Quantitative Analysis of the Effectiveness of Public Health Measures on COVID-19 Transmission
Silva, Thiago Christiano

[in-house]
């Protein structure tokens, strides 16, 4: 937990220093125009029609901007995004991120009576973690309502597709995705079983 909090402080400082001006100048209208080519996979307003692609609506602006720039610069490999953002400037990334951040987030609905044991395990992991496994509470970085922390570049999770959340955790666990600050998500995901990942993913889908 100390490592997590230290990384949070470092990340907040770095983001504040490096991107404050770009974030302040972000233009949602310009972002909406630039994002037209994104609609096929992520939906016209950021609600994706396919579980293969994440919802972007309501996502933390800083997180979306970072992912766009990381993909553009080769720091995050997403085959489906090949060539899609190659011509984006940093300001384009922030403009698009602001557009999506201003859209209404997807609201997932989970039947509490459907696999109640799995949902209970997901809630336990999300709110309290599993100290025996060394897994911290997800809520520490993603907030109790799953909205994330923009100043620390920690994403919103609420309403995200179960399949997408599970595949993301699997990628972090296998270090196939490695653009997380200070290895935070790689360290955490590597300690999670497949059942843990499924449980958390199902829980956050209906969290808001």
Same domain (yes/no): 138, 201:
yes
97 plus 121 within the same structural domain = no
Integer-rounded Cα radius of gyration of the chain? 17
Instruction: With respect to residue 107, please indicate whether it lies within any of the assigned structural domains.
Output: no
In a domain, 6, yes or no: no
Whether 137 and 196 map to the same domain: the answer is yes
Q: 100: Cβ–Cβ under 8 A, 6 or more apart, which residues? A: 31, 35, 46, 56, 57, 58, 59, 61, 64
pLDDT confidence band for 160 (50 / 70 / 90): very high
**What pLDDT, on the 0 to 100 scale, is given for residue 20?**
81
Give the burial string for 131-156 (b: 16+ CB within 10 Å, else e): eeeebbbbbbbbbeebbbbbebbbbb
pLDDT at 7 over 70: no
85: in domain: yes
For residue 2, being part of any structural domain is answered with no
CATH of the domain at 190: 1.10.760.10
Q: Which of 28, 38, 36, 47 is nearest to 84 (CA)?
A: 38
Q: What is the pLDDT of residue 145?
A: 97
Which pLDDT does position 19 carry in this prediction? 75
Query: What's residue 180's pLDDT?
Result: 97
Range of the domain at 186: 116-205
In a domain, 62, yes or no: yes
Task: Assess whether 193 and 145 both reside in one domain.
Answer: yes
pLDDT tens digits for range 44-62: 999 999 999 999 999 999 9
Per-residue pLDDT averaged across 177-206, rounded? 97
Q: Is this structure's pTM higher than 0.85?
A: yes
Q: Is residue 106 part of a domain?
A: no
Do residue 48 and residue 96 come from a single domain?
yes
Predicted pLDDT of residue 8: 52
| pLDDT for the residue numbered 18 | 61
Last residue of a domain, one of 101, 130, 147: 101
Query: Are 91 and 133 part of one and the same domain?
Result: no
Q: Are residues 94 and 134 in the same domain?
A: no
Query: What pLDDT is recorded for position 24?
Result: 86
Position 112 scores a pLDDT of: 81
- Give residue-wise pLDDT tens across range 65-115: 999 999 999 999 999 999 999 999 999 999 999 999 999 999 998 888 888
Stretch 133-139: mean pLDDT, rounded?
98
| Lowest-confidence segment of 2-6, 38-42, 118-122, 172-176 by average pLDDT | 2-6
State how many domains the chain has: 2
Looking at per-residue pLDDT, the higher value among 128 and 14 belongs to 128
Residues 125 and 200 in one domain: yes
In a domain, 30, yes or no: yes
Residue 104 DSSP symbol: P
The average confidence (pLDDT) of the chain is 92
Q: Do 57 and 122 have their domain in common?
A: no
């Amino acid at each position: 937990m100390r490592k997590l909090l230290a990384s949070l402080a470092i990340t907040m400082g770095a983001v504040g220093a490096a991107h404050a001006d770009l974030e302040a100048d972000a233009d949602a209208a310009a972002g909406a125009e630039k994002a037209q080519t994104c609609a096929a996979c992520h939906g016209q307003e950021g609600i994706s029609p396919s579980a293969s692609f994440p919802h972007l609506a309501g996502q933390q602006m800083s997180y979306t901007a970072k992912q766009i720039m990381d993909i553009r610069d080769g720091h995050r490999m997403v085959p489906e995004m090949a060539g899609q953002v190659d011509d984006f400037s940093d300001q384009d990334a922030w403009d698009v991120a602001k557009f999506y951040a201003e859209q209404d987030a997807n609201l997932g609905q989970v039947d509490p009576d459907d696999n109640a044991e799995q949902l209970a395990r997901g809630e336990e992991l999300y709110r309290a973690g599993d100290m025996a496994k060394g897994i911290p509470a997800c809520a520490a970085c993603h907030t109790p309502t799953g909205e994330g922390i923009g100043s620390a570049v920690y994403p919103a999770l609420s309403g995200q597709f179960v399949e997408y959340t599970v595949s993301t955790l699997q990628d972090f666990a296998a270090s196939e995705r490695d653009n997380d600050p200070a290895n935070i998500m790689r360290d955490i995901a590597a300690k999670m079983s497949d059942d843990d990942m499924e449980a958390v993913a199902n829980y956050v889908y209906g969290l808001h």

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Although COVID-19 has spread almost all over the world, social isolation is still a controversial public health policy and governments of many countries still doubt its level of effectiveness. This situation can create deadlocks in places where there is a discrepancy among municipal, state and federal policies. The exponential increase of the number of infectious people and deaths in the last days shows that the COVID-19 epidemics is still at its early stage in Brazil and such political disarray can lead to very serious results. In this work, we study the COVID-19 epidemics in Brazilian cities using early-time approximations of the SIR model in networks. Different from other works, the underlying network is constructed by feeding real-world data on local COVID-19 cases reported by Brazilian cities to a regularized vector autoregressive model, which estimates directional COVID-19 transmission channels (links) of every pair of cities (vertices) using spectral network analysis. Our results reveal that social isolation and, especially, the use of masks can effectively reduce the transmission rate of COVID-19 in Brazil. We also build counterfactual scenarios to measure the human impact of these public health measures in terms of reducing the number of COVID-19 cases at the epidemics peak. We find that the efficiency of social isolation and of using of masks differs significantly across cities. For instance, we find that they would potentially decrease the COVID-19 epidemics peak in Sao Paulo (SP) and Brasilia (DF) by 15% and 25%, respectively. We hope our study can support the design of further public health measures.